August 1, 2009 | David F. Coppedge

Fertile Crescent Disappearing

The birthplace of civilization and empire, the Fertile Crescent, is drying up.  New Scientist posted a worrisome story that modern Iraq is in dire straits as dams upstream in Turkey are threatening to reduce the Tigris and Euphrates rivers to a quarter of their natural levels.  This is happening in a land already parched by drought.  The marsh lands in lower Mesopotamia are again threatened after a brief period of hope they could be restored from Saddam Hussein’s ecological terror (see 05/01/2003 and 06/06/2006).  Scientists estimate the fertile lands of Mesopotamia where empires first thrived will be gone this century.

Sumer, Akkad, Ur, Kish, Babylonia, Assyria – so many great empires rose and fell here.  The Bible is filled with stories of events in Mesopotamia.  Great kings and armies strode through this region.  Great cities emerged and collapsed, forgotten in the dust till unearthed by archaeologists.  It’s hard to imagine the lush “land between the rivers” becoming a desert.  Perhaps politics will turn, treaties will change the situation, and the rivers can continue to bring life to the vast Iraqi desert; perhaps not.  Geography is not guaranteed.  If empires had not risen here, they would have elsewhere.  Nothing on the planet is forever.  Whatever happens, we can hope that freedom in the resurrected Iraq will allow archaeologists to continue to bring evidence to light about the first civilizations that arose in this area.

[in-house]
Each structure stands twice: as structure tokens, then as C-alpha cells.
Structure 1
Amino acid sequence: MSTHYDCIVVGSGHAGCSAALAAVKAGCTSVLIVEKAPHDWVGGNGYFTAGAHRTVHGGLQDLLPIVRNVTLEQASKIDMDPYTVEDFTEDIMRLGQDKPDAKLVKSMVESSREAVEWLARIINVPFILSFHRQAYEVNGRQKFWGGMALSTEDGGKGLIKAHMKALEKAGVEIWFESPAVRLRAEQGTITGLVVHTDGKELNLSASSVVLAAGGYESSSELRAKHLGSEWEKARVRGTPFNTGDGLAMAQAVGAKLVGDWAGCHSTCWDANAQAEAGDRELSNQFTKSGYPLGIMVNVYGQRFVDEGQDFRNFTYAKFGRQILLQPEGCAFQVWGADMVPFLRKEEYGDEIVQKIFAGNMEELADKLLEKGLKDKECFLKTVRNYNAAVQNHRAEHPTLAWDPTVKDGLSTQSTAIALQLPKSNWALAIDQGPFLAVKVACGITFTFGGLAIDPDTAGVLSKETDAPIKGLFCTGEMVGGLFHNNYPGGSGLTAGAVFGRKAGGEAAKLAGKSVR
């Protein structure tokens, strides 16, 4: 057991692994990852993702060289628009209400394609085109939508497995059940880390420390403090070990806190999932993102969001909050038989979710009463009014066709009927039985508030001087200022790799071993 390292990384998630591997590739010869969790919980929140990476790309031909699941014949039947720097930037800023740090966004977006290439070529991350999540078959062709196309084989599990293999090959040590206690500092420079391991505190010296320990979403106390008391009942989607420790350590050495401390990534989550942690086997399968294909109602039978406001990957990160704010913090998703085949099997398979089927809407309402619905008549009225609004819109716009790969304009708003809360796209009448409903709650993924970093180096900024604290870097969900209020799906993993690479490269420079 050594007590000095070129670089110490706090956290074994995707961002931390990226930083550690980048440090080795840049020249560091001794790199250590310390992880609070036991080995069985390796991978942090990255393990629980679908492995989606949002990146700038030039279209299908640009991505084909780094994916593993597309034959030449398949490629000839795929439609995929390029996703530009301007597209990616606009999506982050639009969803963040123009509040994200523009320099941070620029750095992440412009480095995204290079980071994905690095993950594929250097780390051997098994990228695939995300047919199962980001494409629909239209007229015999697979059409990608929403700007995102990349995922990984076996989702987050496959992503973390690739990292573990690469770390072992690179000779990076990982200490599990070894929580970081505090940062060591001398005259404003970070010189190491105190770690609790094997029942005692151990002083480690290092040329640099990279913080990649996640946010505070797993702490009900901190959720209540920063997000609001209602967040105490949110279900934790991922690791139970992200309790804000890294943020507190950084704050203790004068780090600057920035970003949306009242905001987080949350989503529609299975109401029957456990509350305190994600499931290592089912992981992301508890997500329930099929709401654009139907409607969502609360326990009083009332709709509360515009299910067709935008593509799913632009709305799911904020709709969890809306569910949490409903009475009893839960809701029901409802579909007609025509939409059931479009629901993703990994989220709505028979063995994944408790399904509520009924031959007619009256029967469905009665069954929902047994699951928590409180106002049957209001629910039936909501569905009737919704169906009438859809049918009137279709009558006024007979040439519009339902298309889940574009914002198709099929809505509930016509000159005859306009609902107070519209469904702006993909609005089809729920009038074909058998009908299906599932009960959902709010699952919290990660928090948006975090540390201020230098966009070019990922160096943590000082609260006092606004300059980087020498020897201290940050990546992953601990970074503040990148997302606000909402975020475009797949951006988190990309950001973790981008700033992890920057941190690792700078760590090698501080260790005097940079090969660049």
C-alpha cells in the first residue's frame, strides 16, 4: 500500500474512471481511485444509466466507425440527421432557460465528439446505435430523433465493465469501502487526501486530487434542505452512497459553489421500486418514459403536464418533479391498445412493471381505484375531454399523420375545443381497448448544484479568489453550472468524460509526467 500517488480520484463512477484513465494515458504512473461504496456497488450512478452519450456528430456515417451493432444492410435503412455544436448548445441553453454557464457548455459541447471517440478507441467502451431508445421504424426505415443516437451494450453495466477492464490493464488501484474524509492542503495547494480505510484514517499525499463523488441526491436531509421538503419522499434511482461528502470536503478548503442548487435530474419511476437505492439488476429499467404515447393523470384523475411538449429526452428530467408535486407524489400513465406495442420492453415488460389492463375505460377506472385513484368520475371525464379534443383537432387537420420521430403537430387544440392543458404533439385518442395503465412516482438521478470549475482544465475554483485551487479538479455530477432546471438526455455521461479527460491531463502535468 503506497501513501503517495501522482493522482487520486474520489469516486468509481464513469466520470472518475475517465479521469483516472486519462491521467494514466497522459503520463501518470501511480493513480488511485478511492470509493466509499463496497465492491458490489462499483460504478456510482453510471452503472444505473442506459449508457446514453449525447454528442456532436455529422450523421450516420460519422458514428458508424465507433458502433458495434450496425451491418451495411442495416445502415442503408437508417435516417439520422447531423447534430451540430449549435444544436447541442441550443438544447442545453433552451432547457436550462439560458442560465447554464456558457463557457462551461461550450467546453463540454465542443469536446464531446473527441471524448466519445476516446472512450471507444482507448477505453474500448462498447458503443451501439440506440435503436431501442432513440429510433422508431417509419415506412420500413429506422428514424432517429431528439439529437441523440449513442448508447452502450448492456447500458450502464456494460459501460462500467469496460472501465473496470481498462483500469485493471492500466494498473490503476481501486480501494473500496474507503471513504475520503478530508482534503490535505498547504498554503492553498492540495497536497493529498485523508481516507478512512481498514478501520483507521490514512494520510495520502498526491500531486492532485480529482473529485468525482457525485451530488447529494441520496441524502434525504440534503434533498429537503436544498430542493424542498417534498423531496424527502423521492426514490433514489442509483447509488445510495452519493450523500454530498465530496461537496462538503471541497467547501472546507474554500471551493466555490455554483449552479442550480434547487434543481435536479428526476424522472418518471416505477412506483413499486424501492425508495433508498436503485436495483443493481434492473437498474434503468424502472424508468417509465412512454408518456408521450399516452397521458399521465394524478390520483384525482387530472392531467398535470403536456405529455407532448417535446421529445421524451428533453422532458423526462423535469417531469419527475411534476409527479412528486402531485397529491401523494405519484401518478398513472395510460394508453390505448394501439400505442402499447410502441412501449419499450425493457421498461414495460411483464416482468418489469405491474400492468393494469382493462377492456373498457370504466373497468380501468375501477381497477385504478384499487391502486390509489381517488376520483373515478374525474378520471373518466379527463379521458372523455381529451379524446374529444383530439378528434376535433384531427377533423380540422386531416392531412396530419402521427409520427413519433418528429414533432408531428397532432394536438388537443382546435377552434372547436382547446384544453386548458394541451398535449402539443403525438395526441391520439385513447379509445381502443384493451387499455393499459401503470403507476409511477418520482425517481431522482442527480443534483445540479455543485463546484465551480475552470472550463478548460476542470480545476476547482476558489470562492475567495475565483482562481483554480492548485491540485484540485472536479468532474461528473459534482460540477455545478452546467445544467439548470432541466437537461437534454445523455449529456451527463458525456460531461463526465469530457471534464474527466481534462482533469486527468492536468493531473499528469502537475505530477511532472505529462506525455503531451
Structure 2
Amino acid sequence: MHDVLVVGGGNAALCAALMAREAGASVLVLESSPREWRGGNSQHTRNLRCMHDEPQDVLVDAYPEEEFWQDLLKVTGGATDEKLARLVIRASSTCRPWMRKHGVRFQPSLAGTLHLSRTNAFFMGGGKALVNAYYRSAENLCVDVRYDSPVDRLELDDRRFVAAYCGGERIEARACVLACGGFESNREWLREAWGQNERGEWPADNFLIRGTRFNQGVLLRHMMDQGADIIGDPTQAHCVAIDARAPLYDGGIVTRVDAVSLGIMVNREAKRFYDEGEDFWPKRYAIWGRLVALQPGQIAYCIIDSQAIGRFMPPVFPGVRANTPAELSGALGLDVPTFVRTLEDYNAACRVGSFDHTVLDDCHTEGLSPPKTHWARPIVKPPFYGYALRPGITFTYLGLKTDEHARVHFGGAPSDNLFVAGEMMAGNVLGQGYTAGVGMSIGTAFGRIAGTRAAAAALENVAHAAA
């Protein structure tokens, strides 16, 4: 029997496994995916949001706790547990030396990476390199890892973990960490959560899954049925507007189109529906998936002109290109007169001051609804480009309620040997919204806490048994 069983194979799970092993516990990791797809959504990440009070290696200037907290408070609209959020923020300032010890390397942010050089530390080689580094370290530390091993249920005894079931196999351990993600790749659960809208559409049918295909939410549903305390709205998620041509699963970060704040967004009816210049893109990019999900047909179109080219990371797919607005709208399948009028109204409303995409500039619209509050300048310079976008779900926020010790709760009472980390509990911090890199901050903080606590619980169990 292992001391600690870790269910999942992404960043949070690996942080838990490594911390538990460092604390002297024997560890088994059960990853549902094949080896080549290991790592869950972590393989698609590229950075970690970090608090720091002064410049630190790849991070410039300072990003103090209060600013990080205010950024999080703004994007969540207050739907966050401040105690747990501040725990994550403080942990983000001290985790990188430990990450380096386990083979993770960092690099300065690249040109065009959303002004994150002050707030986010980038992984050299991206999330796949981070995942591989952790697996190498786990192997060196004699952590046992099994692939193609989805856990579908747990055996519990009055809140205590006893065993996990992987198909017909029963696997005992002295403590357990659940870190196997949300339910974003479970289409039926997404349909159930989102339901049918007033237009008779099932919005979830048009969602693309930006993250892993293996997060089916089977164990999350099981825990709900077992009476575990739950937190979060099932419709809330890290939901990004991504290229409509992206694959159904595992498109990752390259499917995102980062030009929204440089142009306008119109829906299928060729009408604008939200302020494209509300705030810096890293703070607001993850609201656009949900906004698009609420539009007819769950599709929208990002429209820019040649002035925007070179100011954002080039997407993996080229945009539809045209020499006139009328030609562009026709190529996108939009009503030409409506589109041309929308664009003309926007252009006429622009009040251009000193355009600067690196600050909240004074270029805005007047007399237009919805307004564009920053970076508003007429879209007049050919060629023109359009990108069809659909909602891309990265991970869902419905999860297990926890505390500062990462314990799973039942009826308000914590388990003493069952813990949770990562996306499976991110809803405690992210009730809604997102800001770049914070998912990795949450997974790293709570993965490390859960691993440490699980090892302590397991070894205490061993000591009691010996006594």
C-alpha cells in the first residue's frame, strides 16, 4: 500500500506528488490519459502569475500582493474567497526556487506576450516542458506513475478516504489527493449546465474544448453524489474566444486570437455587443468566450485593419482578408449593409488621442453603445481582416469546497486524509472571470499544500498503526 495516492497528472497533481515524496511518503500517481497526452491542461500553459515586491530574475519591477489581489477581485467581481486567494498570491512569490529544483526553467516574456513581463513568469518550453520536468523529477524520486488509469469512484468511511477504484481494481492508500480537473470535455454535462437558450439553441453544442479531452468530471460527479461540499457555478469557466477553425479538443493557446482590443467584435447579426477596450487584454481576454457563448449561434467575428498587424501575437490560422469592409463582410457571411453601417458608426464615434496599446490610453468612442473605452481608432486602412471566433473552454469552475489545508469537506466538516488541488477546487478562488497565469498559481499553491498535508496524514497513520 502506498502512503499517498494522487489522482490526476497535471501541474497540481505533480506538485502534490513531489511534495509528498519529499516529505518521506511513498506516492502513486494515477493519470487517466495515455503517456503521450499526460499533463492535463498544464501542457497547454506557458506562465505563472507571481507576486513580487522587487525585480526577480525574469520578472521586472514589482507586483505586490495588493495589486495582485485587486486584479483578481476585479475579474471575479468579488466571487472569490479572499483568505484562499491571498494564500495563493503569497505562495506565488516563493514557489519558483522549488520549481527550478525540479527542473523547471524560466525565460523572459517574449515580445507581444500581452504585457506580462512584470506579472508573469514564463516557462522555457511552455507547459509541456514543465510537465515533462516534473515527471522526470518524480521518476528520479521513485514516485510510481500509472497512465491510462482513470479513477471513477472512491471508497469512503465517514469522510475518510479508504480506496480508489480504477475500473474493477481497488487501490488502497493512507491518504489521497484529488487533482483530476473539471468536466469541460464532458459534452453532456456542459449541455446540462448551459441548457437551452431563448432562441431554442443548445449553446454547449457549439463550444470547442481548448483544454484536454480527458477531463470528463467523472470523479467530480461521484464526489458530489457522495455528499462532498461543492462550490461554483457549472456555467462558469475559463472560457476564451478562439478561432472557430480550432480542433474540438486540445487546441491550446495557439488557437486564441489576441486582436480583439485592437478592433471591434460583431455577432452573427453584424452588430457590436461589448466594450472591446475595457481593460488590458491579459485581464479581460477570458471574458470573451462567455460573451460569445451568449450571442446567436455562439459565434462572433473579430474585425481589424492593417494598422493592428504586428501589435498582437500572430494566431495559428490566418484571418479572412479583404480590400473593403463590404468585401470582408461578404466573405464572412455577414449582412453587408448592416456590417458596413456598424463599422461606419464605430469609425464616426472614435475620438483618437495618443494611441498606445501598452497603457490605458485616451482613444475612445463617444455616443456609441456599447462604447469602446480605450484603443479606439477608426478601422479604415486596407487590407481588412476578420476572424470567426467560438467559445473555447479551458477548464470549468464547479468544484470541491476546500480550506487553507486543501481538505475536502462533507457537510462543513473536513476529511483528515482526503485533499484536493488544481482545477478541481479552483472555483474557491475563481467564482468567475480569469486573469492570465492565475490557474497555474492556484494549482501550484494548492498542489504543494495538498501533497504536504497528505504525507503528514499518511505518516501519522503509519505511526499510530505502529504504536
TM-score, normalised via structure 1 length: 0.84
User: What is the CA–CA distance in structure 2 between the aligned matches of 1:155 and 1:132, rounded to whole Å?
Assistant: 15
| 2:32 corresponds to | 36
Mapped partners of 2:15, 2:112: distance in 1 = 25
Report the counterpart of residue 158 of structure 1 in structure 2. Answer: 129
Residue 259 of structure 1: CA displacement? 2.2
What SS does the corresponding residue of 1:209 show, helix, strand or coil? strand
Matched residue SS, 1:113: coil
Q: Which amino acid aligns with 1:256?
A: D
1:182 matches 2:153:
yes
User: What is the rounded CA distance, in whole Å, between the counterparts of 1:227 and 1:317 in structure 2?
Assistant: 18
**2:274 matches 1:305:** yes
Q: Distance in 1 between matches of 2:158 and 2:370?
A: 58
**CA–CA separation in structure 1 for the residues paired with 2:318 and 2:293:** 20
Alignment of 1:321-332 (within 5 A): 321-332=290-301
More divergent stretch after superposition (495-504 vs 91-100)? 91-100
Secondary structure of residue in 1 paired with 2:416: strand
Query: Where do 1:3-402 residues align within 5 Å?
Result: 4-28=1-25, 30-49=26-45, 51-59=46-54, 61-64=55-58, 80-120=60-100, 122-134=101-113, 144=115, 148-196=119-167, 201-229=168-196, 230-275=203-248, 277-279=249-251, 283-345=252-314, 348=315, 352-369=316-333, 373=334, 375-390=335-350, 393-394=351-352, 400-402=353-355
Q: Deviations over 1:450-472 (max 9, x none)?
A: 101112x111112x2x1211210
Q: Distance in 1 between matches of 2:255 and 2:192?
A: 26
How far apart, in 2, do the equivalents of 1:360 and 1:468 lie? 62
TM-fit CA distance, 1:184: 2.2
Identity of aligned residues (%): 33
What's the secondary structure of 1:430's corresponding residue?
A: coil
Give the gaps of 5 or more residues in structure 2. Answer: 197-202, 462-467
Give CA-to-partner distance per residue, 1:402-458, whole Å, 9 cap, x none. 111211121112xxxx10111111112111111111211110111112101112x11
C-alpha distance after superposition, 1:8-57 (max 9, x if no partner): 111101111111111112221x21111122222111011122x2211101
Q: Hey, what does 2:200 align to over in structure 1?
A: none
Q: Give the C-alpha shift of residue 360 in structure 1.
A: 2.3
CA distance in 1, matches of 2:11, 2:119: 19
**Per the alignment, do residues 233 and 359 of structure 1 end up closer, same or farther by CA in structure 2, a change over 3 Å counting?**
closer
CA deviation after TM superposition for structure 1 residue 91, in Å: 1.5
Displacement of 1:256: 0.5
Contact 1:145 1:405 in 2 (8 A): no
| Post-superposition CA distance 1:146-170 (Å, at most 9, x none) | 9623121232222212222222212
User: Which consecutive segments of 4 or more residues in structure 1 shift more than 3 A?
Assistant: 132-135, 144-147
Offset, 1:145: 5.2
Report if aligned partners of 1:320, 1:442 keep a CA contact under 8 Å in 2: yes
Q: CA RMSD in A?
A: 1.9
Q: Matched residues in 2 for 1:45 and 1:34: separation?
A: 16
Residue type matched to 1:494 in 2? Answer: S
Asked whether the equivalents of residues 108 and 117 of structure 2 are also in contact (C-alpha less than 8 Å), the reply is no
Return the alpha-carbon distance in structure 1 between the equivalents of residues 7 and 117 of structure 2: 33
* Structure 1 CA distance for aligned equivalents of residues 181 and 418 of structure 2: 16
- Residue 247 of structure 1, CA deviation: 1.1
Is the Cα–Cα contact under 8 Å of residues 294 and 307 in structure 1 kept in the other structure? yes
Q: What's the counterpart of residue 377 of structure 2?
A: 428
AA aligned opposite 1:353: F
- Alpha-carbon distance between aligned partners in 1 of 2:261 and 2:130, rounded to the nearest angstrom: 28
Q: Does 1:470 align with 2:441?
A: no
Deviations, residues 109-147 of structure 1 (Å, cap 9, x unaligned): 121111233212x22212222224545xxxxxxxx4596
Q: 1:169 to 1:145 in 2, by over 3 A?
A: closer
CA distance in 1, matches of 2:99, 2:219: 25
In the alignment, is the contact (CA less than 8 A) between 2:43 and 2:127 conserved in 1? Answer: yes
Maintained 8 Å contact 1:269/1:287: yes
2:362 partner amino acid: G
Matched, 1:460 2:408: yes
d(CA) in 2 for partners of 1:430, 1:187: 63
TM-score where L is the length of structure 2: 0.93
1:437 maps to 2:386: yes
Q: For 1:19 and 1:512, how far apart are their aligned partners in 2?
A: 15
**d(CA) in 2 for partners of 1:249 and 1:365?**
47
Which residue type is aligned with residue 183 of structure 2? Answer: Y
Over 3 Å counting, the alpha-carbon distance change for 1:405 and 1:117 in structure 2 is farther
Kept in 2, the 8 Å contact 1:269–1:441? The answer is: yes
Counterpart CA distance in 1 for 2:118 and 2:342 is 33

Evolutionists believe that anatomically-modern human beings migrated throughout Europe and Asia for at least 40,000 years, if not 100,000 or a million years, never writing a stone tablet, building a city, riding a horse or inventing a wheel.  Given the rapid emergence of culture and invention that burst onto the scene in the 3rd millennium B.C., that is simply not credible.  The Bible’s timeline after the Flood (see the Table of Nations, Genesis 10) fits the evidence.  Wherever man is found, there is evidence of curiosity, artistry, language, culture, invention, religiosity, trade, violence and war.  The first written records of Sumer were already recording economic transactions implying a socioeconomic infrastructure already in place.  Why should anyone believe the evolutionary story?  Just look at Egypt and Mesopotamia where monumental achievements spoke of fully-capable humans doing what humans do, without tens of thousands of years of imaginary evolution.

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